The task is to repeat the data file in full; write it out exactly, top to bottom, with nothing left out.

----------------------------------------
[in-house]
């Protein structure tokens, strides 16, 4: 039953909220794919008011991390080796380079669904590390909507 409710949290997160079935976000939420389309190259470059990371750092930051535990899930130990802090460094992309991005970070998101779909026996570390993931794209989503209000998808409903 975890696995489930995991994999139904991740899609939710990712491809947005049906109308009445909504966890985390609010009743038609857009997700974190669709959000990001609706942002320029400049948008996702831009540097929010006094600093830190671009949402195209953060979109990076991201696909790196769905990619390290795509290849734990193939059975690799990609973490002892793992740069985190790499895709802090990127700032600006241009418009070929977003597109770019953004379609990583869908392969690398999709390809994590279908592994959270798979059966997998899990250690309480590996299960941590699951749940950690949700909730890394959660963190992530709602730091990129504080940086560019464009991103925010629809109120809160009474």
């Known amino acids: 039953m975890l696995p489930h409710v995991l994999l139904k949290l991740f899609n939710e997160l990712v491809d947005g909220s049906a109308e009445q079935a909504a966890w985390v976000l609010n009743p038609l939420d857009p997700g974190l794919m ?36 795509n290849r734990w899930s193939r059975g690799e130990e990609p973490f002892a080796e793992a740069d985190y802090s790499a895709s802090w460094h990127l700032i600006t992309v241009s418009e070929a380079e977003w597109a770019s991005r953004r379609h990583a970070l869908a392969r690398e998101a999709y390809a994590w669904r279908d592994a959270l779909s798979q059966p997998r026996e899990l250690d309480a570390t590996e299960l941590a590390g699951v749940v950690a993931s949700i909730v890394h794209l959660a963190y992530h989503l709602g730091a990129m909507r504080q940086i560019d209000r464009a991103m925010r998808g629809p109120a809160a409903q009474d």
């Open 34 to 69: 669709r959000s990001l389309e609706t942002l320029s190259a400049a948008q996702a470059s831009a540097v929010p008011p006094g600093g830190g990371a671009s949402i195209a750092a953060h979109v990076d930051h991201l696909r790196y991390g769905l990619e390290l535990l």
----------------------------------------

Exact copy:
[in-house]
């Protein structure tokens, strides 16, 4: 039953909220794919008011991390080796380079669904590390909507 409710949290997160079935976000939420389309190259470059990371750092930051535990899930130990802090460094992309991005970070998101779909026996570390993931794209989503209000998808409903 975890696995489930995991994999139904991740899609939710990712491809947005049906109308009445909504966890985390609010009743038609857009997700974190669709959000990001609706942002320029400049948008996702831009540097929010006094600093830190671009949402195209953060979109990076991201696909790196769905990619390290795509290849734990193939059975690799990609973490002892793992740069985190790499895709802090990127700032600006241009418009070929977003597109770019953004379609990583869908392969690398999709390809994590279908592994959270798979059966997998899990250690309480590996299960941590699951749940950690949700909730890394959660963190992530709602730091990129504080940086560019464009991103925010629809109120809160009474």
């Known amino acids: 039953m975890l696995p489930h409710v995991l994999l139904k949290l991740f899609n939710e997160l990712v491809d947005g909220s049906a109308e009445q079935a909504a966890w985390v976000l609010n009743p038609l939420d857009p997700g974190l794919m ?36 795509n290849r734990w899930s193939r059975g690799e130990e990609p973490f002892a080796e793992a740069d985190y802090s790499a895709s802090w460094h990127l700032i600006t992309v241009s418009e070929a380079e977003w597109a770019s991005r953004r379609h990583a970070l869908a392969r690398e998101a999709y390809a994590w669904r279908d592994a959270l779909s798979q059966p997998r026996e899990l250690d309480a570390t590996e299960l941590a590390g699951v749940v950690a993931s949700i909730v890394h794209l959660a963190y992530h989503l709602g730091a990129m909507r504080q940086i560019d209000r464009a991103m925010r998808g629809p109120a809160a409903q009474d």
């Open 34 to 69: 669709r959000s990001l389309e609706t942002l320029s190259a400049a948008q996702a470059s831009a540097v929010p008011p006094g600093g830190g990371a671009s949402i195209a750092a953060h979109v990076d930051h991201l696909r790196y991390g769905l990619e390290l535990l």